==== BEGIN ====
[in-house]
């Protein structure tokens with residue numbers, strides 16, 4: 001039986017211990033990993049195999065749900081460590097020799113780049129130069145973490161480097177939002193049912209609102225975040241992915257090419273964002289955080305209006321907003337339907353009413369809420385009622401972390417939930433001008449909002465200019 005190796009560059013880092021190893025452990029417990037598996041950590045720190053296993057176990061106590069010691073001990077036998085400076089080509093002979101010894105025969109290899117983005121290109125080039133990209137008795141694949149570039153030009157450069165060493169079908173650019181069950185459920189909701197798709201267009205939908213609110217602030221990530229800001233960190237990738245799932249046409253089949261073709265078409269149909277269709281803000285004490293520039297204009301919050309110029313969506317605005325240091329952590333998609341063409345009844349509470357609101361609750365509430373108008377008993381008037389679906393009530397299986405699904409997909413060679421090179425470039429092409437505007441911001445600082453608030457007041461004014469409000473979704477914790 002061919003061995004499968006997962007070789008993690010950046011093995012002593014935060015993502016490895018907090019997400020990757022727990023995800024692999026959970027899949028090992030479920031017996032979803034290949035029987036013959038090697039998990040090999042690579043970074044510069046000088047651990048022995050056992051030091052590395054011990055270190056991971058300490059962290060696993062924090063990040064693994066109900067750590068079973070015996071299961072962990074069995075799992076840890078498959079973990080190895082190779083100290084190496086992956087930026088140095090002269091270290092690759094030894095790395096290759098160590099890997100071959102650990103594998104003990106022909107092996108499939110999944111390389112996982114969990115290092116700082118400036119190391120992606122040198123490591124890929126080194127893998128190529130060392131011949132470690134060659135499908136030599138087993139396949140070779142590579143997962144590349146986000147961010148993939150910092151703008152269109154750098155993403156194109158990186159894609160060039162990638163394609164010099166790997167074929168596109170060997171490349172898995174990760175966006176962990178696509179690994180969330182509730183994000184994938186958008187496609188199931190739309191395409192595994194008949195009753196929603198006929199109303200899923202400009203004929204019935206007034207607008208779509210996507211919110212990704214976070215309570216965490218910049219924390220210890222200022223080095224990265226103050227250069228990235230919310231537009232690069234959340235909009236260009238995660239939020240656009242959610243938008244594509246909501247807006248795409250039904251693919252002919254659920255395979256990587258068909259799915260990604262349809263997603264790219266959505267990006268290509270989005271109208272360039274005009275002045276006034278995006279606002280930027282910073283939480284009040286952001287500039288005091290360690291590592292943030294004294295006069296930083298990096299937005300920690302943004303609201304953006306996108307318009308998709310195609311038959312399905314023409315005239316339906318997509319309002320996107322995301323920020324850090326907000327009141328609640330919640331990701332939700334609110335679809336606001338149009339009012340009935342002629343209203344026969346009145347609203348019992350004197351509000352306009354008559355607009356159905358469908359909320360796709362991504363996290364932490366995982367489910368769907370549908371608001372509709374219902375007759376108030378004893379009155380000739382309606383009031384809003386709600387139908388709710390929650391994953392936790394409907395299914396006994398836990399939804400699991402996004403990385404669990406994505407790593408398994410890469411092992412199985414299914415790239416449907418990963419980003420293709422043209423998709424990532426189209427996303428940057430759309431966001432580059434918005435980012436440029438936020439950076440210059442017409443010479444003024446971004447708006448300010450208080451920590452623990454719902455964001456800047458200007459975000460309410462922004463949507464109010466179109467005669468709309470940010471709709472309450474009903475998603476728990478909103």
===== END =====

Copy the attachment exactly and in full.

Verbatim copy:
[in-house]
């Protein structure tokens with residue numbers, strides 16, 4: 001039986017211990033990993049195999065749900081460590097020799113780049129130069145973490161480097177939002193049912209609102225975040241992915257090419273964002289955080305209006321907003337339907353009413369809420385009622401972390417939930433001008449909002465200019 005190796009560059013880092021190893025452990029417990037598996041950590045720190053296993057176990061106590069010691073001990077036998085400076089080509093002979101010894105025969109290899117983005121290109125080039133990209137008795141694949149570039153030009157450069165060493169079908173650019181069950185459920189909701197798709201267009205939908213609110217602030221990530229800001233960190237990738245799932249046409253089949261073709265078409269149909277269709281803000285004490293520039297204009301919050309110029313969506317605005325240091329952590333998609341063409345009844349509470357609101361609750365509430373108008377008993381008037389679906393009530397299986405699904409997909413060679421090179425470039429092409437505007441911001445600082453608030457007041461004014469409000473979704477914790 002061919003061995004499968006997962007070789008993690010950046011093995012002593014935060015993502016490895018907090019997400020990757022727990023995800024692999026959970027899949028090992030479920031017996032979803034290949035029987036013959038090697039998990040090999042690579043970074044510069046000088047651990048022995050056992051030091052590395054011990055270190056991971058300490059962290060696993062924090063990040064693994066109900067750590068079973070015996071299961072962990074069995075799992076840890078498959079973990080190895082190779083100290084190496086992956087930026088140095090002269091270290092690759094030894095790395096290759098160590099890997100071959102650990103594998104003990106022909107092996108499939110999944111390389112996982114969990115290092116700082118400036119190391120992606122040198123490591124890929126080194127893998128190529130060392131011949132470690134060659135499908136030599138087993139396949140070779142590579143997962144590349146986000147961010148993939150910092151703008152269109154750098155993403156194109158990186159894609160060039162990638163394609164010099166790997167074929168596109170060997171490349172898995174990760175966006176962990178696509179690994180969330182509730183994000184994938186958008187496609188199931190739309191395409192595994194008949195009753196929603198006929199109303200899923202400009203004929204019935206007034207607008208779509210996507211919110212990704214976070215309570216965490218910049219924390220210890222200022223080095224990265226103050227250069228990235230919310231537009232690069234959340235909009236260009238995660239939020240656009242959610243938008244594509246909501247807006248795409250039904251693919252002919254659920255395979256990587258068909259799915260990604262349809263997603264790219266959505267990006268290509270989005271109208272360039274005009275002045276006034278995006279606002280930027282910073283939480284009040286952001287500039288005091290360690291590592292943030294004294295006069296930083298990096299937005300920690302943004303609201304953006306996108307318009308998709310195609311038959312399905314023409315005239316339906318997509319309002320996107322995301323920020324850090326907000327009141328609640330919640331990701332939700334609110335679809336606001338149009339009012340009935342002629343209203344026969346009145347609203348019992350004197351509000352306009354008559355607009356159905358469908359909320360796709362991504363996290364932490366995982367489910368769907370549908371608001372509709374219902375007759376108030378004893379009155380000739382309606383009031384809003386709600387139908388709710390929650391994953392936790394409907395299914396006994398836990399939804400699991402996004403990385404669990406994505407790593408398994410890469411092992412199985414299914415790239416449907418990963419980003420293709422043209423998709424990532426189209427996303428940057430759309431966001432580059434918005435980012436440029438936020439950076440210059442017409443010479444003024446971004447708006448300010450208080451920590452623990454719902455964001456800047458200007459975000460309410462922004463949507464109010466179109467005669468709309470940010471709709472309450474009903475998603476728990478909103």